In most of the U.S. people who can afford a car get a car, because their life without one would be a major hardship. And if they lose that car they can fall a couple rungs down the ladder. People don’t choose that. Circumstance does.

  10. I’ll never forget one female co-worker in her 30s telling me that the trip took six hours of each day.

    I remember being in community college, and having my classes move across the city to a new campus. To get there with only one bus transfer required walking a mile to that bus line, riding several miles across town, transferring – and hoping that second bus would arrive at all (because it didn’t always), so doing all of this with considerable additional time.
    And then doing it again in a different area, with a four-year college, and more than 20 miles of travel each way, and not being able to take classes that ended after 4 pm, because bus service.
    (And one brief job that was 5:30 pm to 4 am – so I walked the couple of miles home, through a deserted industrial park.)

  11. The “twitchiness” comes with being required to purchase the insurance. I believe that having health insurance is important to me and therefore I have it. But I also feel that if I wanted to risk bankruptcy by not having health insurance that should also be my choice.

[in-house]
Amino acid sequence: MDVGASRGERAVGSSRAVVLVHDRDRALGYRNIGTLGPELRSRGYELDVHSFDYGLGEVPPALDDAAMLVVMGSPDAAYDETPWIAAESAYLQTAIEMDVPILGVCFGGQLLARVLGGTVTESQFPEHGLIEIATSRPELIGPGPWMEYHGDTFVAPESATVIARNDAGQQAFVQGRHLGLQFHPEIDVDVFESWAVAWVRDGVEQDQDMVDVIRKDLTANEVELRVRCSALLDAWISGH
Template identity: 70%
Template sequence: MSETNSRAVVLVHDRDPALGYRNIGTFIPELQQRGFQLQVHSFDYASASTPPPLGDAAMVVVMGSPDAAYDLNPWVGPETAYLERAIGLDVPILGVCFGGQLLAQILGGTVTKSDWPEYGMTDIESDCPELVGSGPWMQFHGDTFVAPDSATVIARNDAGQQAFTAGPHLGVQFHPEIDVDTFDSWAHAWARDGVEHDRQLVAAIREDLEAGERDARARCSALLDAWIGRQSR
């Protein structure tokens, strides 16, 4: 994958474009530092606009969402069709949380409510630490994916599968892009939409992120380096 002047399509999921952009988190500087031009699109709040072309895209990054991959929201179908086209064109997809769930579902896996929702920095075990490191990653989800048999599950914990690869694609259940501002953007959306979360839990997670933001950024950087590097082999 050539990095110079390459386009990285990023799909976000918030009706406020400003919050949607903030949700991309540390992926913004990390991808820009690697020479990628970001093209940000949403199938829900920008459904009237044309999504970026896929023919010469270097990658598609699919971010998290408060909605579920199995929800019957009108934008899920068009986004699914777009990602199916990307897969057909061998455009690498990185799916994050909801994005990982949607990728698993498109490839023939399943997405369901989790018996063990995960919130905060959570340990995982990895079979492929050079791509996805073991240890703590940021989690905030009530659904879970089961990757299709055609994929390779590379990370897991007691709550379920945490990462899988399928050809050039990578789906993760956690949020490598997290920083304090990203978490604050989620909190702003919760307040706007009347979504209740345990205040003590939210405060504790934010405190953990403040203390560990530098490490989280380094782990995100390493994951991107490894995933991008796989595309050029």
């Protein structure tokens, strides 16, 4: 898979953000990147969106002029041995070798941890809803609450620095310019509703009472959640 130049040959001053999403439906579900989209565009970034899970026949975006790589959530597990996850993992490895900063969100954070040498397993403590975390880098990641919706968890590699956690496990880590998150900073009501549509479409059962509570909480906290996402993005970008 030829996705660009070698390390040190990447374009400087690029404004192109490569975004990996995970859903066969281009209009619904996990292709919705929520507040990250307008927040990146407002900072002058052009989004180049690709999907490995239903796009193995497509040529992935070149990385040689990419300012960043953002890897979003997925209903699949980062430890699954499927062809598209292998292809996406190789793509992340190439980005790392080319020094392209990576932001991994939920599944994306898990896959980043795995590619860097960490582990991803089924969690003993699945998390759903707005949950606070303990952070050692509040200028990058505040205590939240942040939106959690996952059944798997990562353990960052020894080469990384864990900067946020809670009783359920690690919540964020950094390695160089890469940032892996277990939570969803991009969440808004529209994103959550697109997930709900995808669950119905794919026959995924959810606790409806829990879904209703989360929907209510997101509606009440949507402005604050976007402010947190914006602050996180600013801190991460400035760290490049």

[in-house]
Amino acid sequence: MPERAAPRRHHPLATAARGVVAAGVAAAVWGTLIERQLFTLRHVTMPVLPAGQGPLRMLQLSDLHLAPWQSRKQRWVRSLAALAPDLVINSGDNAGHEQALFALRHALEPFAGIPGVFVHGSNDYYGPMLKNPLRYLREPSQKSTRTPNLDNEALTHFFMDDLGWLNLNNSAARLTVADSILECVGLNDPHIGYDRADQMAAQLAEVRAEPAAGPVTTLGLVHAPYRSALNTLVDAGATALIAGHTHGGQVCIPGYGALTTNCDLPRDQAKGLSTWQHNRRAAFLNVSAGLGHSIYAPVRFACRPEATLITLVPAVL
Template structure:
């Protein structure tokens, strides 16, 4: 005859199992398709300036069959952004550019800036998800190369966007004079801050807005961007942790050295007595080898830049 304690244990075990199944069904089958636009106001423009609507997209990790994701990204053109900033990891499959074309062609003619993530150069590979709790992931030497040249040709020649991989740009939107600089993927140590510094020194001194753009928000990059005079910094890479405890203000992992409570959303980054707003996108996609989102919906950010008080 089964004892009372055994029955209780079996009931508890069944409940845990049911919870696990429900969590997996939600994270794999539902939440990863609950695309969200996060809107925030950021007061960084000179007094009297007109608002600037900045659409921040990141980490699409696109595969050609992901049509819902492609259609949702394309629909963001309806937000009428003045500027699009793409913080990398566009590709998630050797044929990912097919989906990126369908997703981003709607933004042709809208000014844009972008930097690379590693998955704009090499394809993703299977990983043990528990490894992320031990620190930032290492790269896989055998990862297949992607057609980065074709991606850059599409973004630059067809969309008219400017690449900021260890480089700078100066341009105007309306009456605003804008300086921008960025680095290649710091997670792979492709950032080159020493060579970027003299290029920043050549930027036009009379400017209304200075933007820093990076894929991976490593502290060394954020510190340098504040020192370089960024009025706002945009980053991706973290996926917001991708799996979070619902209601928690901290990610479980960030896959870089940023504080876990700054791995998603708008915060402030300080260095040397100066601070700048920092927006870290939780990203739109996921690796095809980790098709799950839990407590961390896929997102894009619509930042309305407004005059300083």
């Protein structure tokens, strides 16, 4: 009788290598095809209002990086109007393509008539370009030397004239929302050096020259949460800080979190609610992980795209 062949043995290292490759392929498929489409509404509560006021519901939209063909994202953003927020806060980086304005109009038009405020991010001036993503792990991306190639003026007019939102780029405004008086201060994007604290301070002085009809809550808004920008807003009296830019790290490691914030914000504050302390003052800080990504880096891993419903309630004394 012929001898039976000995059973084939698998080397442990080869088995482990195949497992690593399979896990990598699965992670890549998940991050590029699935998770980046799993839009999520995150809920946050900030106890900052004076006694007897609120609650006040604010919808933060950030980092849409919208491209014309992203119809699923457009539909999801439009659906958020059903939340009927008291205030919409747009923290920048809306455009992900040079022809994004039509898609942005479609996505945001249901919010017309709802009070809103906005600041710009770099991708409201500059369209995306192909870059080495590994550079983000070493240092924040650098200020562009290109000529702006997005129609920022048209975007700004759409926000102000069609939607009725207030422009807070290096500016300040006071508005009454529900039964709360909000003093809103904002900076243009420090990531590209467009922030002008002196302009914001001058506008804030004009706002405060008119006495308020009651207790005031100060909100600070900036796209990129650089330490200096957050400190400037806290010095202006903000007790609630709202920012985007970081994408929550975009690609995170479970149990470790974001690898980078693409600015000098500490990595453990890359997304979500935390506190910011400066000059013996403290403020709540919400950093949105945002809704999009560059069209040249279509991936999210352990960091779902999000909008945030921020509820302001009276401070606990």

I know this was said awhile ago, but I didn’t see this point made and it’s driving me nuts –

    Bryan, you may have the steadfastness and fortitude to nobly vow that you’ll drop dead in the street rather than appeal to the public coffer for medical help with treatable disease, but the fact remains that this country people dying in the street are not (yet) the province of the Sanitation department alone. People dying in the street are entitled to – and get – emergency treatment of life-threatening illness. And that includes illness that BECOMES life-threatening because people pass up medical treatment that could prevent illness from becoming that serious because they can’t afford it. And illness that are neglected till they HAVE advanced to such an emergency state are notoriously more expensive to treat than if they were caught early. The hospital treats those people and eats the cost if the people have no money to pay for it. Which leads to higher costs for other patients, and taxpayers, or the closing of needed hospitals in tighter-fisted areas.